History of bisexuality

The history of bisexuality concerns the history of the bisexual sexual orientation. Ancient and medieval history of bisexuality, when the term did not exist as such, consists of anecdotes of sexual behaviour and relationships between people of the same and different sexes. A modern definition of bisexuality began to take shape in the mid-19th century within three interconnected domains of knowledge: biology, psychology and sexuality. In modern Western culture, the term bisexual was first defined in a binary approach as a person with romantic or sexual attraction to both men and women. The term bisexual is defined later in the 20th century (for example by Robyn Ochs) as a person who is sexually and/or romantically attracted to both males and females,[1][2][3] or as a person who is sexually and/or romantically attracted to people regardless of sex or gender identity, which is sometimes termed pansexuality.[4][5][6]

The bisexual pride flag was designed in 1998 by Michael Page

In English the word was used in 1892 by American neurologist Charles Gilbert Chaddock when he translated the seventh edition of Krafft-Ebing's book Psychopathia Sexualis. The first use of the word bisexual with the meaning of sexual attraction to both men and women dates back to the 19th century, when the German psychologist Richard von Krafft-Ebing used it to refer to the gender of individuals whom he believed exhibited both feminine and masculine behaviours. Prior to Krafft-Ebing, bisexual usually meant having both female and male parts as in hermaphroditic or monoicous plants, or in the sense of mixed-sex education, meaning inclusive of both males and females.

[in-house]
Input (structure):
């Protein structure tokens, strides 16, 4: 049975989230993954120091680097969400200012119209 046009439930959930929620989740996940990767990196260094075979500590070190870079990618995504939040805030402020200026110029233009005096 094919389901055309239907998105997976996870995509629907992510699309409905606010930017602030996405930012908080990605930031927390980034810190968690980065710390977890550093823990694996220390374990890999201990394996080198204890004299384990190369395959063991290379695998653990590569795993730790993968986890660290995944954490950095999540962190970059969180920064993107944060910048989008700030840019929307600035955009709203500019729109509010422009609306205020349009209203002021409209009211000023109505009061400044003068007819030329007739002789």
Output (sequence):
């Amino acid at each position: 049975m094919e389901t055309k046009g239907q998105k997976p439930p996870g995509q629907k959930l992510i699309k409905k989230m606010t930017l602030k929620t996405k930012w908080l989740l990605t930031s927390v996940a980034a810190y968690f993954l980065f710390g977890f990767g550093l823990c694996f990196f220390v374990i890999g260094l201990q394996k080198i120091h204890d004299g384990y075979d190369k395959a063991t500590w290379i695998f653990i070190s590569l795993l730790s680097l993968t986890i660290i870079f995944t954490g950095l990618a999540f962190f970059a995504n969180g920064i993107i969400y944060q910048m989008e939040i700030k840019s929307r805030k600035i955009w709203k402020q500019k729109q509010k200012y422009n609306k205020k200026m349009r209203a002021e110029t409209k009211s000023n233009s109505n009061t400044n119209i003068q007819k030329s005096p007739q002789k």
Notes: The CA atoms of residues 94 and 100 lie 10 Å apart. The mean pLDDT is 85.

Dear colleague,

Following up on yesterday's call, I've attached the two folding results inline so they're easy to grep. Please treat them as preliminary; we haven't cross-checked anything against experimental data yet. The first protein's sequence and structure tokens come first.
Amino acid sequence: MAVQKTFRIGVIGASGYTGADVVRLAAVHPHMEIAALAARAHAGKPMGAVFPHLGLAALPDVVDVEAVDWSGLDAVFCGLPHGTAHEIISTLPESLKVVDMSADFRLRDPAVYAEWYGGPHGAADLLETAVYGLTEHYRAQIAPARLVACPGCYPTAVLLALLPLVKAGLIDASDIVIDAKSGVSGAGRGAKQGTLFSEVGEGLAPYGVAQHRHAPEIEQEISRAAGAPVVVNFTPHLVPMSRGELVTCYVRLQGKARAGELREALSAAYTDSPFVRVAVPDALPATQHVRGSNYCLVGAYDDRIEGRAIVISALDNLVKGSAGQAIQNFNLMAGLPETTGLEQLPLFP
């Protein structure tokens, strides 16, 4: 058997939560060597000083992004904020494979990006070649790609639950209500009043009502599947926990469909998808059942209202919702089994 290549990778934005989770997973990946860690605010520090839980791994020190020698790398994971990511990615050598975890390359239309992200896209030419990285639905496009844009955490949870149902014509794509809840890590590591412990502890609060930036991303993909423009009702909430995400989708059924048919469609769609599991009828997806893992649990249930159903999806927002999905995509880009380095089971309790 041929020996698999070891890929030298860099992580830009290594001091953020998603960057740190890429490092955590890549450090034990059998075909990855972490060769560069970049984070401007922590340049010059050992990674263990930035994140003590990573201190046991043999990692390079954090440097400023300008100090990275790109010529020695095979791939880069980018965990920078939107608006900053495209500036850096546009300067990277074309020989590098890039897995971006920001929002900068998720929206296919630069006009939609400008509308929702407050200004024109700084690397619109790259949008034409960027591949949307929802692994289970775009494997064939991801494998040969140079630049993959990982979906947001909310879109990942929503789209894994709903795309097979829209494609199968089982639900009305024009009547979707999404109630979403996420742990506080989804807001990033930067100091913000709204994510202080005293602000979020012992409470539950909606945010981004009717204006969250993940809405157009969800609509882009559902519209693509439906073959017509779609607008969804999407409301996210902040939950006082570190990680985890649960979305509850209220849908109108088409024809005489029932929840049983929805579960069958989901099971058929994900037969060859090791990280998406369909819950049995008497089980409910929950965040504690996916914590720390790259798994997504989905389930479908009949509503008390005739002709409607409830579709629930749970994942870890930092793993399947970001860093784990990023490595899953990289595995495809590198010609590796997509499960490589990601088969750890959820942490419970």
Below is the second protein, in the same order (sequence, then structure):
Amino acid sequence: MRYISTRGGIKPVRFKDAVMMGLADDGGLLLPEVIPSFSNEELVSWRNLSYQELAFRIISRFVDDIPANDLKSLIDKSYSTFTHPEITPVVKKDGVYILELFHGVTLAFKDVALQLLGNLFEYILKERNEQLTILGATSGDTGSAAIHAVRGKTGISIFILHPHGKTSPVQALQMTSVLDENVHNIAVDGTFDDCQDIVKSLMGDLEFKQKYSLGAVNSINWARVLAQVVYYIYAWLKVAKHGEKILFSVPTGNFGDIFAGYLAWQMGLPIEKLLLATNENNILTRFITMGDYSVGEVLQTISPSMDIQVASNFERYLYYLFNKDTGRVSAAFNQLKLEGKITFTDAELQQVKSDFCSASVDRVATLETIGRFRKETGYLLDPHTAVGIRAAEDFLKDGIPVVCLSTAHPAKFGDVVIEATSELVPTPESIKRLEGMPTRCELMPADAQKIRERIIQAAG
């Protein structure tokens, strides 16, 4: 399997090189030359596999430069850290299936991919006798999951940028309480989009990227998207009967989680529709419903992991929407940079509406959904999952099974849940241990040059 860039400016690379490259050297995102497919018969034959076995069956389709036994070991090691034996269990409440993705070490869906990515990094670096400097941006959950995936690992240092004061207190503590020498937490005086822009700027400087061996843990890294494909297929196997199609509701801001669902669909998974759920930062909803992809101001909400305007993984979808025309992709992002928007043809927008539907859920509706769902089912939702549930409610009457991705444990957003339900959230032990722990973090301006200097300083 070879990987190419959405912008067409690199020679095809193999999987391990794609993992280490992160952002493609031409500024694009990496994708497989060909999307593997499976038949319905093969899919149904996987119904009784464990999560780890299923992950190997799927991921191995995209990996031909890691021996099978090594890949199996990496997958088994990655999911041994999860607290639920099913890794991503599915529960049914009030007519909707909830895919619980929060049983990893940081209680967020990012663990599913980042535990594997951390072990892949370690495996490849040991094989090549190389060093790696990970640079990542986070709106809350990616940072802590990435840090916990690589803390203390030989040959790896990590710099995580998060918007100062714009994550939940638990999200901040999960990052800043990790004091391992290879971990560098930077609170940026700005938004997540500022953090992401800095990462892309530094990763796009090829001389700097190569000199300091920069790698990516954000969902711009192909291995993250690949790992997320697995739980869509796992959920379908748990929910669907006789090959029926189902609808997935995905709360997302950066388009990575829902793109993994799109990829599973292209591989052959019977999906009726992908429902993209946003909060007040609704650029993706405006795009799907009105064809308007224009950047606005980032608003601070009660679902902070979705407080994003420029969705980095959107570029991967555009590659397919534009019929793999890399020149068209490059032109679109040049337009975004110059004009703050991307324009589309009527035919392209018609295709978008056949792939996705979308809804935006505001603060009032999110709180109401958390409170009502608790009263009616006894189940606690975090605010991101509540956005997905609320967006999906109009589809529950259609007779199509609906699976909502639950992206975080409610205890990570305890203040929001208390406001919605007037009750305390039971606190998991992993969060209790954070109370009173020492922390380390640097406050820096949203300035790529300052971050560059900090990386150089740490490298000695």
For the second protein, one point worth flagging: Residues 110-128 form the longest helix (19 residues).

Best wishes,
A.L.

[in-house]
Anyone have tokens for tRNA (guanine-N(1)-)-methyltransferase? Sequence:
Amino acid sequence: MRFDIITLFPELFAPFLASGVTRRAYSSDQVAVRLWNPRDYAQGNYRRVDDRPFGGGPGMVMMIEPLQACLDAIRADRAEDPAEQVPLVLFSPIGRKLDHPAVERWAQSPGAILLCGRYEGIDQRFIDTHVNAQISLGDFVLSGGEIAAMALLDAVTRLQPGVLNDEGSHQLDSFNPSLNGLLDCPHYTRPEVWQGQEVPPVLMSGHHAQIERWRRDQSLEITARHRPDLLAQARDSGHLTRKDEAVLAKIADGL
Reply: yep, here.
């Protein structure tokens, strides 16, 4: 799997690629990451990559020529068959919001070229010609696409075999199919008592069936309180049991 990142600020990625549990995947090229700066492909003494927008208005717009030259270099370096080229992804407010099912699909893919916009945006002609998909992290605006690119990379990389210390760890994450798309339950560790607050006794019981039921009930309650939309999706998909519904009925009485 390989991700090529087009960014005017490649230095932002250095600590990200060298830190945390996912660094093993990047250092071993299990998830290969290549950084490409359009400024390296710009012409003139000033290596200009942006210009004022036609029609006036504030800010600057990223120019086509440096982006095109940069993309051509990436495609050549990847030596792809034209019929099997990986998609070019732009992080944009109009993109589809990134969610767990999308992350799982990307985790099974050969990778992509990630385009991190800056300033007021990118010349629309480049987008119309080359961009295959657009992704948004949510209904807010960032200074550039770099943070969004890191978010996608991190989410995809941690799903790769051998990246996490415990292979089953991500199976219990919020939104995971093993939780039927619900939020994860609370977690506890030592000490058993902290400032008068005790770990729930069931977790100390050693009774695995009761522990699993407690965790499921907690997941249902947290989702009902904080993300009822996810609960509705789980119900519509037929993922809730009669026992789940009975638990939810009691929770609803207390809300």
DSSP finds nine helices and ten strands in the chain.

From the 1970s onwards, bisexuality as a distinct sexual orientation gained visibility in Western literature, academia and activism.[7] Despite a wave of research and activism around bisexuality, bisexual people have often been marginalised in literature, film and research.

Societal attitudes towards bisexuality vary by culture and history; however, there is no substantial evidence that the rate of same-sex attraction has varied across time.[8] Prior to the contemporary discussion of sexuality as a phenomenon associated with personal identity, ancient and medieval culture viewed bisexuality as the experience of homosexual and heterosexual relationships.[9][10] The cultures of ancient Greece and Rome accepted that adult men were involved in homosexual relationships, as long as they took the active role of penetration.


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